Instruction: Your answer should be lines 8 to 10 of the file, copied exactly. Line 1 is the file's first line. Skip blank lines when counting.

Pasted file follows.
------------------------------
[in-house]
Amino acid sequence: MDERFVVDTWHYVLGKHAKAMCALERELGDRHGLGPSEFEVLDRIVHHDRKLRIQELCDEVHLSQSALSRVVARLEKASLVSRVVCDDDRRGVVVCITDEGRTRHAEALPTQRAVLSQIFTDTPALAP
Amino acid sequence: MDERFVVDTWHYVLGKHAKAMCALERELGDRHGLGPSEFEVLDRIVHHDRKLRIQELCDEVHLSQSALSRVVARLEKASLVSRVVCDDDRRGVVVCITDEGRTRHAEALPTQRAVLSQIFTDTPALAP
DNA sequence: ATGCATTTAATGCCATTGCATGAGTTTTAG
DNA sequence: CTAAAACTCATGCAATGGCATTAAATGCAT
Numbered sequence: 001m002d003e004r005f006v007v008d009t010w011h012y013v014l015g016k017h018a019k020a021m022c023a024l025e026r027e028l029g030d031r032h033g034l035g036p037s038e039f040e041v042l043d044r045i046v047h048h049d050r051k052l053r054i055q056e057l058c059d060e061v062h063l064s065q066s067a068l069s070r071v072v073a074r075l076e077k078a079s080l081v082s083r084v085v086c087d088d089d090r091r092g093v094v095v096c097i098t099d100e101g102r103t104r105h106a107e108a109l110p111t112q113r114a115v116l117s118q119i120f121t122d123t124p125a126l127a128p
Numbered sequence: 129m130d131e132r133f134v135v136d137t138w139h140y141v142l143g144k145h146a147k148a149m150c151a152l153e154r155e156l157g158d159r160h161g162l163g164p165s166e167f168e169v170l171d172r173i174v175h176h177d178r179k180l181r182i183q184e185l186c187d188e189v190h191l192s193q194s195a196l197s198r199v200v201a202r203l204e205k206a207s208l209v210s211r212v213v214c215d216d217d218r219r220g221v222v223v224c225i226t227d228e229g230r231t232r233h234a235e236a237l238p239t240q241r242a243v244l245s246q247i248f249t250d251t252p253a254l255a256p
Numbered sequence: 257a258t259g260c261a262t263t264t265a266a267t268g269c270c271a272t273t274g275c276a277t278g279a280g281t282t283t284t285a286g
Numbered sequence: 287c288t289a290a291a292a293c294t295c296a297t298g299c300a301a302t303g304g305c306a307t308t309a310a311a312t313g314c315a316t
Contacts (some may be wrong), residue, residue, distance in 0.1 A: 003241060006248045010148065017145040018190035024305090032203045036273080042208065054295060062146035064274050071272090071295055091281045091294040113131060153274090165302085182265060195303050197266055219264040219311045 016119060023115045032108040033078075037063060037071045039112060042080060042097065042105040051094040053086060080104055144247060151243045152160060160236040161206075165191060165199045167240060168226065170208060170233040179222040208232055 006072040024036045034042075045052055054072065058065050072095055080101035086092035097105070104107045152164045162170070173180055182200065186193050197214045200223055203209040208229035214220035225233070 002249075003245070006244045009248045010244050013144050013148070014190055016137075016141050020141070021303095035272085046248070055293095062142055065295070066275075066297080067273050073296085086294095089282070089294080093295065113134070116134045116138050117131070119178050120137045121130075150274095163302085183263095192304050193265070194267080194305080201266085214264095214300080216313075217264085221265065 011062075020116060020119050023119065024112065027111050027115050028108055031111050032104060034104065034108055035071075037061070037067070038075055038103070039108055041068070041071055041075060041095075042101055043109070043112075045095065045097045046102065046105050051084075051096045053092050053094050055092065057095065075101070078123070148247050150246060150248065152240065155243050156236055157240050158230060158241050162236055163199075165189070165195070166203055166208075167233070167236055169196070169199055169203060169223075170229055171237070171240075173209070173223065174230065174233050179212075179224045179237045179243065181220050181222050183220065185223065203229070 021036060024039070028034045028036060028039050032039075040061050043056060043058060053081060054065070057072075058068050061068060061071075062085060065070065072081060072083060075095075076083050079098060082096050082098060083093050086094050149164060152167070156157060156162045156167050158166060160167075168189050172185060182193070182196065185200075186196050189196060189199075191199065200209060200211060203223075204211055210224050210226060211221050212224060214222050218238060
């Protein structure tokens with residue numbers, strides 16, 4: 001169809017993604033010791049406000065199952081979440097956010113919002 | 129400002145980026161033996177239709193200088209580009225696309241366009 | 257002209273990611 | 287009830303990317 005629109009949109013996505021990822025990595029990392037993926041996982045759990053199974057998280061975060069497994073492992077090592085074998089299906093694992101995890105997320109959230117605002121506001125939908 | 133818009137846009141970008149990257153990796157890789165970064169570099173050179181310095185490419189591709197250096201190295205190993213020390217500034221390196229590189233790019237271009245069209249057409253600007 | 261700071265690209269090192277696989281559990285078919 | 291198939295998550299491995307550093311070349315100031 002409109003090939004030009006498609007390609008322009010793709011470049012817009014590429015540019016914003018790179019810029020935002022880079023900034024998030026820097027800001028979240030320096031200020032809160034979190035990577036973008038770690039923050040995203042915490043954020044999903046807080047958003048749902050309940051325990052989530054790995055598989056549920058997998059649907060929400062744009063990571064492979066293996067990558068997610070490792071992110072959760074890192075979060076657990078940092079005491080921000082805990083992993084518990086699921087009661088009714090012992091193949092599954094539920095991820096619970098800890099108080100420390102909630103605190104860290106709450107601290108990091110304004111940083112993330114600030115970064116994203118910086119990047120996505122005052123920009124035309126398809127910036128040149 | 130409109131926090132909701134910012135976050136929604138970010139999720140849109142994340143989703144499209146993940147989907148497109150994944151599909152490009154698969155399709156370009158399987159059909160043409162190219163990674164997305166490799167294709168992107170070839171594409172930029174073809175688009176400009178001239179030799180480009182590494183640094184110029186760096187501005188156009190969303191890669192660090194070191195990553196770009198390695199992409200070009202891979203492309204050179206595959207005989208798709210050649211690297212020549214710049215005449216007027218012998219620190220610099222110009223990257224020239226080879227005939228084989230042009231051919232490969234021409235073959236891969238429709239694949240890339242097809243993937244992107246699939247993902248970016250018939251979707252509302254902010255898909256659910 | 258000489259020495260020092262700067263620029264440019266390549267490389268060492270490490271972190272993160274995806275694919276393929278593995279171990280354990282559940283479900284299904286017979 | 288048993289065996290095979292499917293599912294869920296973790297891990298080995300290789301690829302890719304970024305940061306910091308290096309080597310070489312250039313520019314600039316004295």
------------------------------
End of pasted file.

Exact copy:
Numbered sequence: 257a258t259g260c261a262t263t264t265a266a267t268g269c270c271a272t273t274g275c276a277t278g279a280g281t282t283t284t285a286g
Numbered sequence: 287c288t289a290a291a292a293c294t295c296a297t298g299c300a301a302t303g304g305c306a307t308t309a310a311a312t313g314c315a316t
Contacts (some may be wrong), residue, residue, distance in 0.1 A: 003241060006248045010148065017145040018190035024305090032203045036273080042208065054295060062146035064274050071272090071295055091281045091294040113131060153274090165302085182265060195303050197266055219264040219311045 016119060023115045032108040033078075037063060037071045039112060042080060042097065042105040051094040053086060080104055144247060151243045152160060160236040161206075165191060165199045167240060168226065170208060170233040179222040208232055 006072040024036045034042075045052055054072065058065050072095055080101035086092035097105070104107045152164045162170070173180055182200065186193050197214045200223055203209040208229035214220035225233070 002249075003245070006244045009248045010244050013144050013148070014190055016137075016141050020141070021303095035272085046248070055293095062142055065295070066275075066297080067273050073296085086294095089282070089294080093295065113134070116134045116138050117131070119178050120137045121130075150274095163302085183263095192304050193265070194267080194305080201266085214264095214300080216313075217264085221265065 011062075020116060020119050023119065024112065027111050027115050028108055031111050032104060034104065034108055035071075037061070037067070038075055038103070039108055041068070041071055041075060041095075042101055043109070043112075045095065045097045046102065046105050051084075051096045053092050053094050055092065057095065075101070078123070148247050150246060150248065152240065155243050156236055157240050158230060158241050162236055163199075165189070165195070166203055166208075167233070167236055169196070169199055169203060169223075170229055171237070171240075173209070173223065174230065174233050179212075179224045179237045179243065181220050181222050183220065185223065203229070 021036060024039070028034045028036060028039050032039075040061050043056060043058060053081060054065070057072075058068050061068060061071075062085060065070065072081060072083060075095075076083050079098060082096050082098060083093050086094050149164060152167070156157060156162045156167050158166060160167075168189050172185060182193070182196065185200075186196050189196060189199075191199065200209060200211060203223075204211055210224050210226060211221050212224060214222050218238060